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Thomas Wentworth Higginson, Massachusetts in the Army and Navy during the war of 1861-1865, vol. 2 115 115 Browse Search
Southern Historical Society Papers, Volume 15. (ed. Reverend J. William Jones) 41 41 Browse Search
The Photographic History of The Civil War: in ten volumes, Thousands of Scenes Photographed 1861-65, with Text by many Special Authorities, Volume 10: The Armies and the Leaders. (ed. Francis Trevelyan Miller) 41 41 Browse Search
Col. O. M. Roberts, Confederate Military History, a library of Confederate States Military History: Volume 12.1, Alabama (ed. Clement Anselm Evans) 30 30 Browse Search
Frederick H. Dyer, Compendium of the War of the Rebellion: Regimental Histories 21 21 Browse Search
Southern Historical Society Papers, Volume 35. (ed. Reverend J. William Jones) 19 19 Browse Search
William F. Fox, Lt. Col. U. S. V., Regimental Losses in the American Civil War, 1861-1865: A Treatise on the extent and nature of the mortuary losses in the Union regiments, with full and exhaustive statistics compiled from the official records on file in the state military bureaus and at Washington 14 14 Browse Search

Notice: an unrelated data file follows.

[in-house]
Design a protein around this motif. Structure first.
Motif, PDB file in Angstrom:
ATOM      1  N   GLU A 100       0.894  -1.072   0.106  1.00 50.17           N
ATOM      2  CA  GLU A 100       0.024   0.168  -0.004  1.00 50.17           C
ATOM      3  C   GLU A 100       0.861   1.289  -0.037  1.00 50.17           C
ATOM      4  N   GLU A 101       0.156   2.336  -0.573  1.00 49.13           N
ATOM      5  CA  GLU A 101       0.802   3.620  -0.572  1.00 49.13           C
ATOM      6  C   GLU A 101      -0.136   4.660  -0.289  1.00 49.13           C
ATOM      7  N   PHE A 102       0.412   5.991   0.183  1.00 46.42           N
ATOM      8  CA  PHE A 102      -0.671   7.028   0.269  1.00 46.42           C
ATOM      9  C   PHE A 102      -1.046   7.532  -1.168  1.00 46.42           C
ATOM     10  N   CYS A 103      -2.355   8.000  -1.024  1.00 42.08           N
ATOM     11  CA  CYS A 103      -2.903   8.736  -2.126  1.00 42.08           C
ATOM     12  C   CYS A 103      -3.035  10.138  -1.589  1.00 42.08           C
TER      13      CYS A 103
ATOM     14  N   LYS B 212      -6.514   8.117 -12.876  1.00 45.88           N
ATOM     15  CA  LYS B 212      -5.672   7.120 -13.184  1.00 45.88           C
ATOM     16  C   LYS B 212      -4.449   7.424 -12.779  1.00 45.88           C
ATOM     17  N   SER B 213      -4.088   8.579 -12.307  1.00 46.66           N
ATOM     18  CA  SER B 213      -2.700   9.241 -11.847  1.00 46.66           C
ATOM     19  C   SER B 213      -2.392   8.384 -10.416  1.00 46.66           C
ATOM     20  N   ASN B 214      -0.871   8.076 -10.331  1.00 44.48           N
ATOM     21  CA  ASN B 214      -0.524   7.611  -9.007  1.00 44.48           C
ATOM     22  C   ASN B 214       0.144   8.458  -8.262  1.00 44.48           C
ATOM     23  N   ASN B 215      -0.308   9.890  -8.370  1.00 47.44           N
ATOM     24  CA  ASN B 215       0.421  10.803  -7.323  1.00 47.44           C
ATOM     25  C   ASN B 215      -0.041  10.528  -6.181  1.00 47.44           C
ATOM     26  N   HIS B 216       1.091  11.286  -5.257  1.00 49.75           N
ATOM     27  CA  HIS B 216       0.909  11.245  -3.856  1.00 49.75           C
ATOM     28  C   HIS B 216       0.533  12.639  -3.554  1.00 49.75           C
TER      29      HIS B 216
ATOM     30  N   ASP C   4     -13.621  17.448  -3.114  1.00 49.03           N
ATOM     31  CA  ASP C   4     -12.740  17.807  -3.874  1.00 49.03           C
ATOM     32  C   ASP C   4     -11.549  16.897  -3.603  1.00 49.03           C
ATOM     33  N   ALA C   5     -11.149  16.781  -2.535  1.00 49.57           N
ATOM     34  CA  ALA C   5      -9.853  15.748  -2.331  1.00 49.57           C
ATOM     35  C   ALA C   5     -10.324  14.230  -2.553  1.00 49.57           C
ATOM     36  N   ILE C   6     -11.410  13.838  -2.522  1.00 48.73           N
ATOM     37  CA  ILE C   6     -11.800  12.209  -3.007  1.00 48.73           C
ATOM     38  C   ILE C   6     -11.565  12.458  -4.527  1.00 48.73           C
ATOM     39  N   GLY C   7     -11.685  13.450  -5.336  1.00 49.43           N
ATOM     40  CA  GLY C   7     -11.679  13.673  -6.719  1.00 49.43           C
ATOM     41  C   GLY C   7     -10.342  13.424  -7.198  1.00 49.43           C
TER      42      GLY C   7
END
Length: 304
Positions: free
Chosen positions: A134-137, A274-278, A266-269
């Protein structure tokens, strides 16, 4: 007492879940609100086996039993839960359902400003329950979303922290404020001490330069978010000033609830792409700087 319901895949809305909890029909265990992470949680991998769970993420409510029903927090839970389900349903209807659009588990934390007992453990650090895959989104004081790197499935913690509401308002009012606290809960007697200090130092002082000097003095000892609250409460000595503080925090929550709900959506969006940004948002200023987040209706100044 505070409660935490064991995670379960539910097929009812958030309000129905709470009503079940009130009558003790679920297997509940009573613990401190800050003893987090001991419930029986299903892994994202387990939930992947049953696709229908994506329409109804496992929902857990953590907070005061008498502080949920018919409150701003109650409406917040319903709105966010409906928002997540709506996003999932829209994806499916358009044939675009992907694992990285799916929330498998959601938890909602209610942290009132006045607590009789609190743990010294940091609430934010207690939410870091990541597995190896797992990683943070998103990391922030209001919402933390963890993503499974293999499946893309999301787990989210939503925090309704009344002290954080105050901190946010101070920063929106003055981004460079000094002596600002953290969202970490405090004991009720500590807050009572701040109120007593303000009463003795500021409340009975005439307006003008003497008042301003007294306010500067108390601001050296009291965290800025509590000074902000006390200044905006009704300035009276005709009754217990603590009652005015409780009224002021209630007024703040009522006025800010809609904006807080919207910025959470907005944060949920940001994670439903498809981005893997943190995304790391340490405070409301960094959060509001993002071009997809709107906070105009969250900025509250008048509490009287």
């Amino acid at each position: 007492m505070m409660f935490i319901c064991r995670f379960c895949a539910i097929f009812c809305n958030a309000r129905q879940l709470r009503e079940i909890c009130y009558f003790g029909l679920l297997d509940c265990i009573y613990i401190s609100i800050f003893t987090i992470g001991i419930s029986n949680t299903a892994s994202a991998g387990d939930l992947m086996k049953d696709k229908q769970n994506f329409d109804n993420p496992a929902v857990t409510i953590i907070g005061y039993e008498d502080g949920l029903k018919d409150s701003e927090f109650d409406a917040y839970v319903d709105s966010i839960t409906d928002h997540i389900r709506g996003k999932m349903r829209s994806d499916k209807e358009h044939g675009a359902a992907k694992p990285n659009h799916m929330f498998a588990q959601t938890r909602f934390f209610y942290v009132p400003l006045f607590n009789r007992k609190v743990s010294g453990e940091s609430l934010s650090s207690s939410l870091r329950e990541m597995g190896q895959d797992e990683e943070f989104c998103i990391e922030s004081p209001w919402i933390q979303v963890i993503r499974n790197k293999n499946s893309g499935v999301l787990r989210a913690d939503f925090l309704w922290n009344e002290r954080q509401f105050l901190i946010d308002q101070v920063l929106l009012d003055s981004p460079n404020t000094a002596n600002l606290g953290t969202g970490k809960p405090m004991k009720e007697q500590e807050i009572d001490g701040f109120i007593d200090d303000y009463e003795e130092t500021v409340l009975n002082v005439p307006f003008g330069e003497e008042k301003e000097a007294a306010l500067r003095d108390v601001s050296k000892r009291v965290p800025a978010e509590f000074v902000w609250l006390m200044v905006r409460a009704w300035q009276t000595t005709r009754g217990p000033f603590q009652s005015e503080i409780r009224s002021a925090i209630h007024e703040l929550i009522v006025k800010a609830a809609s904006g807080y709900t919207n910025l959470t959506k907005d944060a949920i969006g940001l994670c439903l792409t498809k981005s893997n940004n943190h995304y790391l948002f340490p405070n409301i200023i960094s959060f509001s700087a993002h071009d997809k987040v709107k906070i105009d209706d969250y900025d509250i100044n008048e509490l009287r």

Capt. Calvin D. Cowles , 23d U. S. Infantry, Major George B. Davis , U. S. Army, Leslie J. Perry, Joseph W. Kirkley, The Official Military Atlas of the Civil War 14 14 Browse Search
Adam Badeau, Military history of Ulysses S. Grant from April 1861 to April 1865. Volume 2 12 12 Browse Search
Harper's Encyclopedia of United States History (ed. Benson Lossing) 12 12 Browse Search
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Browsing named entities in Edward Porter Alexander, Military memoirs of a Confederate: a critical narrative. You can also browse the collection for April 9th, 1865 AD or search for April 9th, 1865 AD in all documents.

Your search returned 11 results in 4 document sections:

Edward Porter Alexander, Military memoirs of a Confederate: a critical narrative, Chapter 2: the battle of Bull Run (July, 1861) (search)